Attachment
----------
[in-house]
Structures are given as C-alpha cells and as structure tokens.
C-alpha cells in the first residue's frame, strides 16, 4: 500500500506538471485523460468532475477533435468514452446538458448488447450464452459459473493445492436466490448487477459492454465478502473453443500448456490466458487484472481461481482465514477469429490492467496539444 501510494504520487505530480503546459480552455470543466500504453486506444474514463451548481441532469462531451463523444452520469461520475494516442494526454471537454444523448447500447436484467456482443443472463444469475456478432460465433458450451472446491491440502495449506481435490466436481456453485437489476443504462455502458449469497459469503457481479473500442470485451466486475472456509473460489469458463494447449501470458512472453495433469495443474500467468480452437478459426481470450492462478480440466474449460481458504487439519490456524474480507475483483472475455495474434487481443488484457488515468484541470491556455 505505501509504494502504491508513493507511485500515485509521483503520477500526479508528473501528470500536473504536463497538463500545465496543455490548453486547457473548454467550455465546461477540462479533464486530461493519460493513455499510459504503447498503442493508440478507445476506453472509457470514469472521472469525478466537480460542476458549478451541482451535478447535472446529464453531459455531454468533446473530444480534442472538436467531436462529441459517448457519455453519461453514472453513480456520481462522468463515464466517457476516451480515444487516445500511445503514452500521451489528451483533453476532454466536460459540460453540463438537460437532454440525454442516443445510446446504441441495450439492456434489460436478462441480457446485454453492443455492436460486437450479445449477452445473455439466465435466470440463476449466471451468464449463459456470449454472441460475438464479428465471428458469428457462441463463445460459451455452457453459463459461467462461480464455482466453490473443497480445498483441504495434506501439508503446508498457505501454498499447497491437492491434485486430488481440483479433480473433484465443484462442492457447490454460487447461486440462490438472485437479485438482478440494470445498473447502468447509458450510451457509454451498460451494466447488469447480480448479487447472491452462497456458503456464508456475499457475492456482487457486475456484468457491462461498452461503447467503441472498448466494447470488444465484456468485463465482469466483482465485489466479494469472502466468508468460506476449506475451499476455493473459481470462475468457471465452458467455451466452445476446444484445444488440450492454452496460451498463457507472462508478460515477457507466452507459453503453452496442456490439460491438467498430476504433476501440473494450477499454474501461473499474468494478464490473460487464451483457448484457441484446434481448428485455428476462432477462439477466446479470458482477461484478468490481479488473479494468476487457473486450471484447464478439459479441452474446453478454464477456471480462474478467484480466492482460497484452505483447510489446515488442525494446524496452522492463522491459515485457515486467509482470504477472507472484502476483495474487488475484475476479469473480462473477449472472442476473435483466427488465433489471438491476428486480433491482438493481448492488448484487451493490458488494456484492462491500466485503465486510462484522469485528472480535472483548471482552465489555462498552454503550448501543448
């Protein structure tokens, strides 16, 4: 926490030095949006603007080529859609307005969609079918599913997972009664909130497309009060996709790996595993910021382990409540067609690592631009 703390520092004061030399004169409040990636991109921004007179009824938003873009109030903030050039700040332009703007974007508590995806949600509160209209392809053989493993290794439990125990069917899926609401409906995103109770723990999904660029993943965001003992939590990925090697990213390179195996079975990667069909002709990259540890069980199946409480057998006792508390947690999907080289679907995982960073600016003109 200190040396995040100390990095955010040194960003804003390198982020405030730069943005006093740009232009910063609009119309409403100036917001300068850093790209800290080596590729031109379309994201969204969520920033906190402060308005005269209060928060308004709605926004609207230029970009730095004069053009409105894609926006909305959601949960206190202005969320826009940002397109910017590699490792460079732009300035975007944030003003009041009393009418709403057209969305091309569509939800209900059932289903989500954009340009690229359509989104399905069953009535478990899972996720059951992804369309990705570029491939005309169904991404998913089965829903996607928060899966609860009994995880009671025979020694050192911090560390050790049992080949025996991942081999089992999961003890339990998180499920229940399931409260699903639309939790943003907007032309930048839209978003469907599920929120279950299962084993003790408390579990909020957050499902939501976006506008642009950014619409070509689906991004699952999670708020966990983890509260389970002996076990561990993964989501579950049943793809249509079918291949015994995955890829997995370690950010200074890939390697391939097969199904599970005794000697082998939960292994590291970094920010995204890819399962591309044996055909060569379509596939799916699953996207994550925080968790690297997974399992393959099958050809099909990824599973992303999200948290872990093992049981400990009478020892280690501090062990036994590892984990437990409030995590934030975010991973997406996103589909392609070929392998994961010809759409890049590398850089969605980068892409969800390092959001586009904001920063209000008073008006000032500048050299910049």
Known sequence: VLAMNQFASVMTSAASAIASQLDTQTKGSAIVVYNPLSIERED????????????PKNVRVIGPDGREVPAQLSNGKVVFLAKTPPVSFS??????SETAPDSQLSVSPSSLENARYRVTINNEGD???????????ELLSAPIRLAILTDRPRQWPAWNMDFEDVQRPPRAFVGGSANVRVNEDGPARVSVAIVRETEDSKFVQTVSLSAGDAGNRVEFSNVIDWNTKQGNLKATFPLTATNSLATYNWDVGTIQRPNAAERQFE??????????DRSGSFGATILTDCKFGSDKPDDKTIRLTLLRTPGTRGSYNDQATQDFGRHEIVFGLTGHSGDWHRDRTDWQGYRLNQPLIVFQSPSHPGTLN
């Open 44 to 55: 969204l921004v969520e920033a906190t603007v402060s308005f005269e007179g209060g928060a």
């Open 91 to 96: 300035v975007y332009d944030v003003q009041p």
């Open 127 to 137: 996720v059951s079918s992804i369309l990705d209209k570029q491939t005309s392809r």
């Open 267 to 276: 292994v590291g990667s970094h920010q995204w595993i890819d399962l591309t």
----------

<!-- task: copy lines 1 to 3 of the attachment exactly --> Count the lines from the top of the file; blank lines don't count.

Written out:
[in-house]
Structures are given as C-alpha cells and as structure tokens.
C-alpha cells in the first residue's frame, strides 16, 4: 500500500506538471485523460468532475477533435468514452446538458448488447450464452459459473493445492436466490448487477459492454465478502473453443500448456490466458487484472481461481482465514477469429490492467496539444 501510494504520487505530480503546459480552455470543466500504453486506444474514463451548481441532469462531451463523444452520469461520475494516442494526454471537454444523448447500447436484467456482443443472463444469475456478432460465433458450451472446491491440502495449506481435490466436481456453485437489476443504462455502458449469497459469503457481479473500442470485451466486475472456509473460489469458463494447449501470458512472453495433469495443474500467468480452437478459426481470450492462478480440466474449460481458504487439519490456524474480507475483483472475455495474434487481443488484457488515468484541470491556455 505505501509504494502504491508513493507511485500515485509521483503520477500526479508528473501528470500536473504536463497538463500545465496543455490548453486547457473548454467550455465546461477540462479533464486530461493519460493513455499510459504503447498503442493508440478507445476506453472509457470514469472521472469525478466537480460542476458549478451541482451535478447535472446529464453531459455531454468533446473530444480534442472538436467531436462529441459517448457519455453519461453514472453513480456520481462522468463515464466517457476516451480515444487516445500511445503514452500521451489528451483533453476532454466536460459540460453540463438537460437532454440525454442516443445510446446504441441495450439492456434489460436478462441480457446485454453492443455492436460486437450479445449477452445473455439466465435466470440463476449466471451468464449463459456470449454472441460475438464479428465471428458469428457462441463463445460459451455452457453459463459461467462461480464455482466453490473443497480445498483441504495434506501439508503446508498457505501454498499447497491437492491434485486430488481440483479433480473433484465443484462442492457447490454460487447461486440462490438472485437479485438482478440494470445498473447502468447509458450510451457509454451498460451494466447488469447480480448479487447472491452462497456458503456464508456475499457475492456482487457486475456484468457491462461498452461503447467503441472498448466494447470488444465484456468485463465482469466483482465485489466479494469472502466468508468460506476449506475451499476455493473459481470462475468457471465452458467455451466452445476446444484445444488440450492454452496460451498463457507472462508478460515477457507466452507459453503453452496442456490439460491438467498430476504433476501440473494450477499454474501461473499474468494478464490473460487464451483457448484457441484446434481448428485455428476462432477462439477466446479470458482477461484478468490481479488473479494468476487457473486450471484447464478439459479441452474446453478454464477456471480462474478467484480466492482460497484452505483447510489446515488442525494446524496452522492463522491459515485457515486467509482470504477472507472484502476483495474487488475484475476479469473480462473477449472472442476473435483466427488465433489471438491476428486480433491482438493481448492488448484487451493490458488494456484492462491500466485503465486510462484522469485528472480535472483548471482552465489555462498552454503550448501543448